Ratzinger's great desire was to be a professor of theology, and only slowly did he find his vocation as a priest. "I was shy and unpractical, had no talent for sports or organization or administration," he wrote. "I had to ask myself if I would ever be able to connect with people." Finally, he was ordained in 1951, entering a world of Catholic faith that was already disappointing him. Ratzinger had expected a Christian revival after the moral and physical misery of Nazism and war, says Siegfried Wiedenhofer, a young Austrian theology student who later became Ratzinger's assistant. Instead, he saw a church that was paralyzed, calcified, a Vatican with "too tight reins and too many laws."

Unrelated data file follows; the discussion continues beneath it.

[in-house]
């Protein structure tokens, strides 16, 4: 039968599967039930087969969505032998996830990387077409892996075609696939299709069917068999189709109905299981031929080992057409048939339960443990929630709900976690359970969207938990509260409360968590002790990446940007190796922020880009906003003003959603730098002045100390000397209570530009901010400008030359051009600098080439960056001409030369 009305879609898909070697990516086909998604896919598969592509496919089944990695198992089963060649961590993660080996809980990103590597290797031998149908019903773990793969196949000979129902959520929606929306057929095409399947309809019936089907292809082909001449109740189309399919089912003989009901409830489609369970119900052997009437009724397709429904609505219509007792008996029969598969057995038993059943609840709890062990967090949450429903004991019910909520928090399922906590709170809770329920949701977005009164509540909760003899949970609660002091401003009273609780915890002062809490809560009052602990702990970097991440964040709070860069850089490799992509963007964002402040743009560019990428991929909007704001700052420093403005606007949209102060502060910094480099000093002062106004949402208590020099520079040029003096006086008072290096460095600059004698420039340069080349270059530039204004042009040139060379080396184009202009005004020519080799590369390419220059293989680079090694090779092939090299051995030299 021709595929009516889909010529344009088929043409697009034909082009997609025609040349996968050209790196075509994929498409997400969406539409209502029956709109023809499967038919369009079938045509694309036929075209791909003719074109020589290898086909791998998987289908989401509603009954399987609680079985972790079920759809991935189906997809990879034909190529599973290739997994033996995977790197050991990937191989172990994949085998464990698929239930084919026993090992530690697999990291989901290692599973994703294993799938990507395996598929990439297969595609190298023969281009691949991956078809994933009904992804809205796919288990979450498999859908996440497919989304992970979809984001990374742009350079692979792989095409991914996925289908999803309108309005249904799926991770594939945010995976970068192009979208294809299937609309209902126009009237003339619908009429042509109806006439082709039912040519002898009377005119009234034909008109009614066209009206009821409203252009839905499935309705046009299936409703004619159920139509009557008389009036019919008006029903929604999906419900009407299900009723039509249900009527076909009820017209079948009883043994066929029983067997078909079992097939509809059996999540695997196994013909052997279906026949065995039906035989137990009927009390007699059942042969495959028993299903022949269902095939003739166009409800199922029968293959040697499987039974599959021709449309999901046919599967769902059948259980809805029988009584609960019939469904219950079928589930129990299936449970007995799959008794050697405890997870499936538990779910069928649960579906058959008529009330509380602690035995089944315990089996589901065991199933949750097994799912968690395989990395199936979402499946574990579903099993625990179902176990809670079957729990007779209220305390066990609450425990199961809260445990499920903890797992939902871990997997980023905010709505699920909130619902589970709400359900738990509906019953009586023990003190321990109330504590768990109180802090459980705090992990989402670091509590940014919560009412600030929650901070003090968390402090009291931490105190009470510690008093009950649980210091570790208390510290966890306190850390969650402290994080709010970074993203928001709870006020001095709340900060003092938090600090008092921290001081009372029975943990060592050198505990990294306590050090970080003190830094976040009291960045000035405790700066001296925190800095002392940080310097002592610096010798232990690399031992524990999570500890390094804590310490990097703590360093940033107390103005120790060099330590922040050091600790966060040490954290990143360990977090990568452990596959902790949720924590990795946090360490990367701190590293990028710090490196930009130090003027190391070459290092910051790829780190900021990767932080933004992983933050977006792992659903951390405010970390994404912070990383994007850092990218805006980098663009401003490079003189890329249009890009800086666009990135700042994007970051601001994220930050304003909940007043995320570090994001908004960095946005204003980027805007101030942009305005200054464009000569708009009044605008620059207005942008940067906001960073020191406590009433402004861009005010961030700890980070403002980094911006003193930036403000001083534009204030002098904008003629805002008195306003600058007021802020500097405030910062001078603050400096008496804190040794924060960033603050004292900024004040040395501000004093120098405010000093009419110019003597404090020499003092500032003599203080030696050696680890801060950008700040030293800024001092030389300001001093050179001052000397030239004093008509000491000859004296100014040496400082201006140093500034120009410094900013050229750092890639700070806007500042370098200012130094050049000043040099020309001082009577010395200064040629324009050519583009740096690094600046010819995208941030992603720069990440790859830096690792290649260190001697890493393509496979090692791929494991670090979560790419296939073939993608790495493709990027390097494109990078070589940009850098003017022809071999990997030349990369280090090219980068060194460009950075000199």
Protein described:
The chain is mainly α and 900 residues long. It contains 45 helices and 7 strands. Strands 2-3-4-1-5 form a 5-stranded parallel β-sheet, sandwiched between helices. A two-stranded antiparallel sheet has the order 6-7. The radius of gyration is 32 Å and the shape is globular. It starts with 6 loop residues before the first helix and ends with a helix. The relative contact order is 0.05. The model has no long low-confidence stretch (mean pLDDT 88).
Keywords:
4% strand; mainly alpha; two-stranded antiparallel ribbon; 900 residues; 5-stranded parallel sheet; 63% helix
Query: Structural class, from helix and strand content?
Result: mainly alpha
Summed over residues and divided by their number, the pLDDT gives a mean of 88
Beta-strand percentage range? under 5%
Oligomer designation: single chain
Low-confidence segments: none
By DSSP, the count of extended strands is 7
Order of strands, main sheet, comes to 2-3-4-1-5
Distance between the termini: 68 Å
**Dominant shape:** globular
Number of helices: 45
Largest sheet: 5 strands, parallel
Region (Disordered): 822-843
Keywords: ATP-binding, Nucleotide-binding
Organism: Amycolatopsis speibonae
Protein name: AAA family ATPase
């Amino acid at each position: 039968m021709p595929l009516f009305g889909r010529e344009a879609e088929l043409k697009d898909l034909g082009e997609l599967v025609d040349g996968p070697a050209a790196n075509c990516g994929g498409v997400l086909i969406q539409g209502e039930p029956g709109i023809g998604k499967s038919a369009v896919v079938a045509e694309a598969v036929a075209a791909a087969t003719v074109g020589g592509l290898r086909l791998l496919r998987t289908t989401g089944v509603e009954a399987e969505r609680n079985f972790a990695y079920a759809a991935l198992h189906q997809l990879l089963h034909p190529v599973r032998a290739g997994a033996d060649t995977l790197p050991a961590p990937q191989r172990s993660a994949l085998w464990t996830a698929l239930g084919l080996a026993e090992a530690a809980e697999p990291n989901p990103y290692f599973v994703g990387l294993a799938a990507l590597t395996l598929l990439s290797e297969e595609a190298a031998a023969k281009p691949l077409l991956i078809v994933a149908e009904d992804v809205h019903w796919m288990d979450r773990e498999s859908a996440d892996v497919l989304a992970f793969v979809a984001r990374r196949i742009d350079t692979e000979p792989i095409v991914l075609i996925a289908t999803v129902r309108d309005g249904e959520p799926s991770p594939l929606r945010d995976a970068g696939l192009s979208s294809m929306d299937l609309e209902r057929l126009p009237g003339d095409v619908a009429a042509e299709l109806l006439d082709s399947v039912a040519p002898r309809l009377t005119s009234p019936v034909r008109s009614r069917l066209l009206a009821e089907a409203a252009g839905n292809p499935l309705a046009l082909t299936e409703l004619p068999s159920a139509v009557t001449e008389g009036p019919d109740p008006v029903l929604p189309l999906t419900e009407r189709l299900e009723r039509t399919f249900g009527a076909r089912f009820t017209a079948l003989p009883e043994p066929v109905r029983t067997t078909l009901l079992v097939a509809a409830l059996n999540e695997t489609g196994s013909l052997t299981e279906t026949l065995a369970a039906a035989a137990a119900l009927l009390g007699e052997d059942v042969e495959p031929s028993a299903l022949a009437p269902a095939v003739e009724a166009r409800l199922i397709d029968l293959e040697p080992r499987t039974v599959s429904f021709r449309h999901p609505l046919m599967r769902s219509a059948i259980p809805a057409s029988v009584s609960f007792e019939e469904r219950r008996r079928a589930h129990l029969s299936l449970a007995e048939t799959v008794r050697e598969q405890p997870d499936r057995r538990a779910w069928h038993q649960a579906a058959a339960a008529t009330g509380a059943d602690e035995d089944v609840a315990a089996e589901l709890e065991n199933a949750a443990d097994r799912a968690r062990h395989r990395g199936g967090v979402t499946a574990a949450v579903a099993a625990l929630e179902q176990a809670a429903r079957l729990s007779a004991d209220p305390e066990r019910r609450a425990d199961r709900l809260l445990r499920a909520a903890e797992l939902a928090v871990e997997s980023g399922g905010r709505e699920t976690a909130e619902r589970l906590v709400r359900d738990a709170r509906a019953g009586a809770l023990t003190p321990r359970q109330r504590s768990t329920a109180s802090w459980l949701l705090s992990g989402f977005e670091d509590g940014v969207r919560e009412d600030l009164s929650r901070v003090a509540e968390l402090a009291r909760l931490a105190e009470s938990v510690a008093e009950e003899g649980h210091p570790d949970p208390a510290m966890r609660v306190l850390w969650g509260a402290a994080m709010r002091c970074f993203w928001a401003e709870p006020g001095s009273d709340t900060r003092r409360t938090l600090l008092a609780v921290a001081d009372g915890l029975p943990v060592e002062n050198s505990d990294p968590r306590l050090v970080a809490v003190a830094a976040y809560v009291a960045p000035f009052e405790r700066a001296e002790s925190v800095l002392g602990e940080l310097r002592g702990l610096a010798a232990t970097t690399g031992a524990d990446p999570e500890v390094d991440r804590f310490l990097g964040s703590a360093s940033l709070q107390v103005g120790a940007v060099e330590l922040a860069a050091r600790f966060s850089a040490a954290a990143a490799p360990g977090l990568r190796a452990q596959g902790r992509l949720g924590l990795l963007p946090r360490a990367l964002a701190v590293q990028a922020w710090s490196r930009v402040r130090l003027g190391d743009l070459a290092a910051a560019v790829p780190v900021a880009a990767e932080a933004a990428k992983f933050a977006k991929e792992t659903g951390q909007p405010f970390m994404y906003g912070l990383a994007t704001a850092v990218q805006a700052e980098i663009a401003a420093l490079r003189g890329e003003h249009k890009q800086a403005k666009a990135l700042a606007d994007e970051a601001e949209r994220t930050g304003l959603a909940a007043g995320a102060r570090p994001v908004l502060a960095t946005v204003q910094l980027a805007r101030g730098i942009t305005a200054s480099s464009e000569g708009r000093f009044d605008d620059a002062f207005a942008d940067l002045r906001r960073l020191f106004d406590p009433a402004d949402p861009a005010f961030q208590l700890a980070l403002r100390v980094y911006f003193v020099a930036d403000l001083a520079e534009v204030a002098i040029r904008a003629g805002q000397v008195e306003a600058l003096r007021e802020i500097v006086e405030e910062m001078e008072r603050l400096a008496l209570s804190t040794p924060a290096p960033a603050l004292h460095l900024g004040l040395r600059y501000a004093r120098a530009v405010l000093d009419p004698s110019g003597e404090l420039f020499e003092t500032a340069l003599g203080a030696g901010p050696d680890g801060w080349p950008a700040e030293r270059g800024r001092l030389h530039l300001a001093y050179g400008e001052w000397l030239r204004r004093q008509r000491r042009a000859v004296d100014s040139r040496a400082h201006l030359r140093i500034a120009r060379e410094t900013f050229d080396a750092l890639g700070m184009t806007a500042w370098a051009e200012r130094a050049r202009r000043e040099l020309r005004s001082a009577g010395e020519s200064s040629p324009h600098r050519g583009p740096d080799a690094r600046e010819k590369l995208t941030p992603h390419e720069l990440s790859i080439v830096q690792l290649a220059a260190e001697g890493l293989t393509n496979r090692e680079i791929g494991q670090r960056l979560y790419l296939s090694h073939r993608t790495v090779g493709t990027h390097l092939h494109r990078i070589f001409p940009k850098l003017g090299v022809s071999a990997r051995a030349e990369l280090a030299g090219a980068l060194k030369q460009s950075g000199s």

In 1959, when he started putting forth these ideas as a lecturer at Bonn University, Ratzinger emerged as a local star lecturing in overfilled halls. "He fascinated all of us with his wonderful, angelic voice, his clear language, his deep intellect and powerful faith," says Max Seckler, now a theology professor. Chosen as an adviser to the Second Vatican Council, Ratzinger was still energized by that experience when he went to lecture at Tubingen University in 1967 and 1968. But the radicalism he found there frightened and embittered him. Student hecklers disrupted his classes. A student assembly denounced the Gospel as "mass deception" aimed at preserving the capitalist status quo, and called the Cross of Jesus "an expression of the sadomasochistic glorification of pain." In these student protests, Ratzinger heard echoes of the Nazi diatribes of 30 years before.